We all lose when exams are dumbed down E-mail
Anthony is a New York Police Department (NYPD) detective who has been awarded the police combat cross and NYPD Purple Heart medal. Carol is an NYPD sergeant who scored a 97 on the NYPD sergeant's exam. Bill and Gerry are members of a law enforcement agency in Suffolk County which sends its recruits to the Suffolk Police Academy. Bill and Gerry were the valedictorian and salutatorian of their Suffolk Police Academy class, ranking higher than the score of Suffolk police officers in the class. Ed won the Governor’s Award for exceptional bravery in a rescue.

Dan and Pete have been named "Police Officers of the Year" in the last two years in their respective jurisdictions. What these officers from other jurisdictions have in common is that the most recent Suffolk Police "selection device" "predicts" that they would not be good Suffolk officers. They received scores of 70 to 80 in the selection device. That’s right. Selection device. Not a test with correct answers, but a survey of attitudes, interests, and self- appraisals. In court proceedings over the next few weeks, a court may or may not review the quasi-science used by a private company to come to these findings. If form holds, the resources of government will work overtime to call Anthony, Carol, Bill Gerry, Ed, Dan and Pete sore losers. The truth is that cognitive questions beyond the second grade level were not used so as not to have a "disparate impact" on minority applicants.

The county will look to convince the court, as Nassau County did, that a second grade reading level is sufficient for a police officer. If form holds, the courts will indicate that social engineering and the complexion of the police force is the overriding concern in police hiring for suburban police departments.In the interests of public safety, hiring should be stopped and the test regraded using the cognitive questions in full.The county is actually gifting competitive test positions to unqualified people in violation of the state constitution. But the courts, up to now, have shown that they do not care to enforce any quality control. They have winked at the quasi-science behind these selection devices. Why? Perhaps they agree with the social goal. Perhaps they are afraid of being seen as racist. Perhaps they should have considered that the citizens, have shown by their silence that they don’t care about unqualified individuals being entrusted with the public safety.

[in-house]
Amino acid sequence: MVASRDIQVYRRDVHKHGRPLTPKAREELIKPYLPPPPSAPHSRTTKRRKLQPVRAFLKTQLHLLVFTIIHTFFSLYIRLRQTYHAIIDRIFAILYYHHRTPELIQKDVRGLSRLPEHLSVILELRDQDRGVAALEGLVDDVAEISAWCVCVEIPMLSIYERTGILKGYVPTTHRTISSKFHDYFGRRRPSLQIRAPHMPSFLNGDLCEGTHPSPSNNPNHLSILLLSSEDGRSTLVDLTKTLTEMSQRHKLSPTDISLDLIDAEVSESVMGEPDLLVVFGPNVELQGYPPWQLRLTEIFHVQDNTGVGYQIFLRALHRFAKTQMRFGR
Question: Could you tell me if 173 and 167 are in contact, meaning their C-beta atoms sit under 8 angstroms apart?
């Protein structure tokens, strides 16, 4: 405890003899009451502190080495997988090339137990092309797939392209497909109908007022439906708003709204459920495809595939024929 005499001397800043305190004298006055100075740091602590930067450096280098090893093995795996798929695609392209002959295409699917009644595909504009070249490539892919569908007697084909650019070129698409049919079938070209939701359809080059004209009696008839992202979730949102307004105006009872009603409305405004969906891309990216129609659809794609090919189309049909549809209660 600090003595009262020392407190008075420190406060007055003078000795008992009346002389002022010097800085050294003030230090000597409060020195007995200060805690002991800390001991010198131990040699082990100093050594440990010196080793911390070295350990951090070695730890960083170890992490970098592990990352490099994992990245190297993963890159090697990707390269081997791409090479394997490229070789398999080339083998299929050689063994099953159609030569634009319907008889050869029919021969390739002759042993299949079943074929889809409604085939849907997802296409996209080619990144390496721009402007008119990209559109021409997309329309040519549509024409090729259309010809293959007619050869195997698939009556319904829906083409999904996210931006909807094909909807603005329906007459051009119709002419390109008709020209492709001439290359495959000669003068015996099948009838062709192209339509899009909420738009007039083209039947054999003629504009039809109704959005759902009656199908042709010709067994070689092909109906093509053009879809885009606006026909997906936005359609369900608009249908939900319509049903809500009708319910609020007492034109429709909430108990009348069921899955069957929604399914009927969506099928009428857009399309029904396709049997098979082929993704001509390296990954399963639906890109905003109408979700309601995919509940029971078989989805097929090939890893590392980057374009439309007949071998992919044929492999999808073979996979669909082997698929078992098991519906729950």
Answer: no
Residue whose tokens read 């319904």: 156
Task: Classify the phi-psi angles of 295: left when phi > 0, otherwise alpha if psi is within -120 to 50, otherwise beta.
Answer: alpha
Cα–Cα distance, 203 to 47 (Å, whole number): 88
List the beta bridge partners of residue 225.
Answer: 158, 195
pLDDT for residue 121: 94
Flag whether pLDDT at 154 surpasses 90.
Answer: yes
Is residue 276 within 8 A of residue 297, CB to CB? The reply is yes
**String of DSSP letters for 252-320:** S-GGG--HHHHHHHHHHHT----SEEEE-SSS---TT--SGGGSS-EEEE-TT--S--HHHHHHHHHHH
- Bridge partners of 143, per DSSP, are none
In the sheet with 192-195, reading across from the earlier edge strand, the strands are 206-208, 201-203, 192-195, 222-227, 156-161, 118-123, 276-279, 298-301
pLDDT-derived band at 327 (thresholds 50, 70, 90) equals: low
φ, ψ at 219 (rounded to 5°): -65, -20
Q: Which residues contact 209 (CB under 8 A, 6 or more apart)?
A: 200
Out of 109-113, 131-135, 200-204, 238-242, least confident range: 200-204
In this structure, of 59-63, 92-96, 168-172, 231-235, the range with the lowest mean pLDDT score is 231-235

Why is it that when school teachers in New York City fix test results, they are disciplined, but when suburban governments do it, citizens and courts ignore the truth? For example, should a police applicant be able to recall information from a crime scene diagram displayed to him or her for five minutes? Do you think that might be relevant to the duties of a police officer? Of course it is. Yet Suffolk County will fight against grading a test for police officers using that type of question. That kind of thinking will make all of us victims. Straightforward general mental ability tests plus a work sample test have a validity of 63 percent in predicting job performance. The quasi-science selection questionnaires used by Suffolk County have claimed validities of 20 percent in predicting job performance. As a Justice Department expert testified in the Nassau County case "We don’t get correlation in the 40s, 50s, 60s, 70s, 80s and 90s. We never find that. So let’s be realistic about what we have and we don’t have."

When Washington, D.C. hired for its police force without concern for competence, half of the major felony cases were dropped for improper and negligent processing of evidence and information. In the initial processing of individuals who were graded the highest (scores of 95 to 105) on this selection device, up to nine of 10 have failed to pass through the most basic initial processing. They were individuals unsuited by physical condition, mental acuity or inclination to be Suffolk Police Academy trainees.

What type of predictive device is it that has a 90 percent failure rate before the group even begins the academy?Anthony, Carol, Bill, Gerry, Ed, Dan, and Pete would like to be Suffolk County police officers. They have proven themselves. We owe them a government with the courage to stand up for their rights to a fair and competitive civil service examination.

Lawrence Kelly is a partner in the Stony Brook law firm of Glynn and Mercep.

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